How does probate work? Know the important procedures if you decide to handle it yourself.
Executing a will might be intimidating. If the estate is simple, you may be able to settle it yourself and save money.
Executors must value the estate, apply for probate, and administer the estate, gathering assets and distributing them to beneficiaries. Scotland calls this Confirmation.
DIY probate depends on the nature of the estate, the will, and if you can handle the entire process.
We explain probate, including:
2. Paying for the funeral
4. Inheritance tax
7. Final accounting
Divides the procedure into manageable steps.
Check will for executor
Before starting probate, determine who will administer the estate. Will has this.
As executor, you’ll be responsible for administering the estate.
If you don’t feel capable, you can assign a solicitor or decline the responsibility by signing a Renunciation.
2. Funeral costs
Funerals are often held quickly after a death, before you can apply for probate.
In some situations, the deceased’s bank will cover funeral costs before the grant.
Ask if the funeral director will accept payment once probate is granted.
You or a loved one may have to pay for the funeral up front and then reimburse the estate.
Check the will for funeral wishes.
Apply for probate to execute the will.
First register the death, then analyse the estate.
After determining the estate’s size, fill out probate and inheritance tax papers.
You must also take an executor’s oath at the Probate Registry or a local solicitor’s office.
Our step-by-step approach explains probate grant.
Have you analysed the deceased’s funds and investments?
Each bank’s accounts, including stock and share Isas, are listed.
Do you need items (like property) appraised?
4. Pay inherittax
Any IHT due on the estate must be paid if HMRC accepts your submission.
Probate requires this.
If the dead had enough money in a bank account, HMRC can be paid directly. Most UK banks allow this with an IHT 423.
HMRC will accept IHT payments in instalments if the estate assets include property or shares, with just a tenth of the total required in advance.
Will the bank pay directly?
Is the deceased’s main account enough to pay IHT?
Learn more about inheritance rates and allowances.
Next, gather all the identified assets and distribute them according to the will.
Most institutions disburse funds immediately after probate.
Send them a certified grant copy to arrange this.
Your money should go into a separate executor’s account.
Remember to ask:
Will the decedent’s bank open an executor’s account?
Will I have internet access or a chequebook as executor?
Does using the deceased’s bank matter?
How will the bank verify identity for in-branch transactions?
6. Place a Gazette ad
Consider advertising for unknown creditors. If you don’t, you could be liable for unknown bills.
You don’t need probate to promote. You can post a deceased estates notice in the Gazette, the UK’s official public record, with a death certificate.
London, Edinburgh, and Belfast publish the Gazette. It costs £73.20 plus VAT, and you can create a PO box to hide your address.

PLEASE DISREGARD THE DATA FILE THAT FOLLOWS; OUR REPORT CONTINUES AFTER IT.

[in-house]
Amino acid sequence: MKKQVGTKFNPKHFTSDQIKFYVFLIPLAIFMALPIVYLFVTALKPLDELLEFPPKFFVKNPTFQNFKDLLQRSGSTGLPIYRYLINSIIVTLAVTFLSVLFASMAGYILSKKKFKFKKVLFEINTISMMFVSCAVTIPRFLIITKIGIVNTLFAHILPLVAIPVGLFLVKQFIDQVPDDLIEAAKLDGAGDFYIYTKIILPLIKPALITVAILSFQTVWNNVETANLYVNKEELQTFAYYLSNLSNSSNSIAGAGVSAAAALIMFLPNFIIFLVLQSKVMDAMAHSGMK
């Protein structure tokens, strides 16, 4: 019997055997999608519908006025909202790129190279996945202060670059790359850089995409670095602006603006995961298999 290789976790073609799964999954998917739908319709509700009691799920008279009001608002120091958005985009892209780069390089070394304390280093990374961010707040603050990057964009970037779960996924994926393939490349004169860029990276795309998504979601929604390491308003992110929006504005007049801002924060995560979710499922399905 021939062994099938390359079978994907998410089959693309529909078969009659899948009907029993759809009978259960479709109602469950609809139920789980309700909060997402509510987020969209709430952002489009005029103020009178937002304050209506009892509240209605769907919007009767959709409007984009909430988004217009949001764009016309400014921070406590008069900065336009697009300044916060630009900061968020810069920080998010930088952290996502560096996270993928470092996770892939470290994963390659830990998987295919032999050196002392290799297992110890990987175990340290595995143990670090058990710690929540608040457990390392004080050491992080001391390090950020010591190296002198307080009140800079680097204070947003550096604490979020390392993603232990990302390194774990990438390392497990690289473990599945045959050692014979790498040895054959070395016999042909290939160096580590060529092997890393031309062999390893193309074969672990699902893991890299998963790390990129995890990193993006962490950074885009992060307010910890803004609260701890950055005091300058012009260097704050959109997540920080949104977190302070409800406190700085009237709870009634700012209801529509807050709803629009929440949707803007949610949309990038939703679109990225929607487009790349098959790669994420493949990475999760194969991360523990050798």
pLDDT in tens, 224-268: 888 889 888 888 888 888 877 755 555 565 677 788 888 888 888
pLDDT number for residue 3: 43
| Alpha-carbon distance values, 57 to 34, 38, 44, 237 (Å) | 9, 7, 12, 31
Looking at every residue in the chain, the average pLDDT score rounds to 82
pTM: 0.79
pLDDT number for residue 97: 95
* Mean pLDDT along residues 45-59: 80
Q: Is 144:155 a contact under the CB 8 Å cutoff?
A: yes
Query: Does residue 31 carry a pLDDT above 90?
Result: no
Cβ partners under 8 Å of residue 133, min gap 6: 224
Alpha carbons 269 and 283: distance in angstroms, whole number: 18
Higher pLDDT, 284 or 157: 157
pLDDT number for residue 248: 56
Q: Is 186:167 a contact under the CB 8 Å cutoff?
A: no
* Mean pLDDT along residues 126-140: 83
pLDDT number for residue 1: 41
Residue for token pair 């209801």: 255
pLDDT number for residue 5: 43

You must provide potential creditors 2 months and 1 day to file a claim.
If the estate contains property, advertise in a local newspaper. Use the Gazette.
7. Finish accounting
Next, prepare final accounting and get beneficiary approval before distributing. This prevents money-distribution issues.
All estate money should be accounted for.
Keep this and accompanying documents for 12 years (the limitation period for any claim against the estate).
After receiving the monies, you can pay beneficiaries and creditors.
Remember to ask:
All beneficiaries and creditors?
Have you contacted beneficiaries and creditors?
All estate debts and taxes paid?
The estate should pay probate charges. If the executor does not have probate, they may need to pay upfront and be compensated.
Probate application fees in England and Wales are £215. Applying through a solicitor costs £155 less.
The government wanted to raise probate fees in 2019, but parliament dissolved.
Northern Ireland charges £261 and Scotland £200.
The only exemption is for estates worth less than £5,000; in Northern Ireland, it’s less than £10,000.
Additional copies cost £1.50 apiece. At least five copies are needed for administration.
Death certificates cost £11 in England and Wales, £8 in Northern Ireland, and £10 in Scotland. You may need to give banks or savings providers multiple copies.
If you hire a lawyer, factor in their bill.
Hire a probate lawyer?
If the estate is not too complex, you can handle each stage of probate yourself.
A probate solicitor can cost thousands of pounds, so going it alone saves money.
DIY probate reduces costs but adds paperwork and responsibility. As executor, you must pay all valid claims (including tax). Beneficiaries may sue you if you don’t act correctly.
In some circumstances, a lawyer can help you achieve probate, then you can handle estate administration.
If a bank drafted a will and was named a co-executor, some banks insist on serving as a professional executor and performing probate. This can be pricey because banks charge a percentage.
If the beneficiaries agree, the bank can resign its executor function. Our guide to probate solicitors explains fees.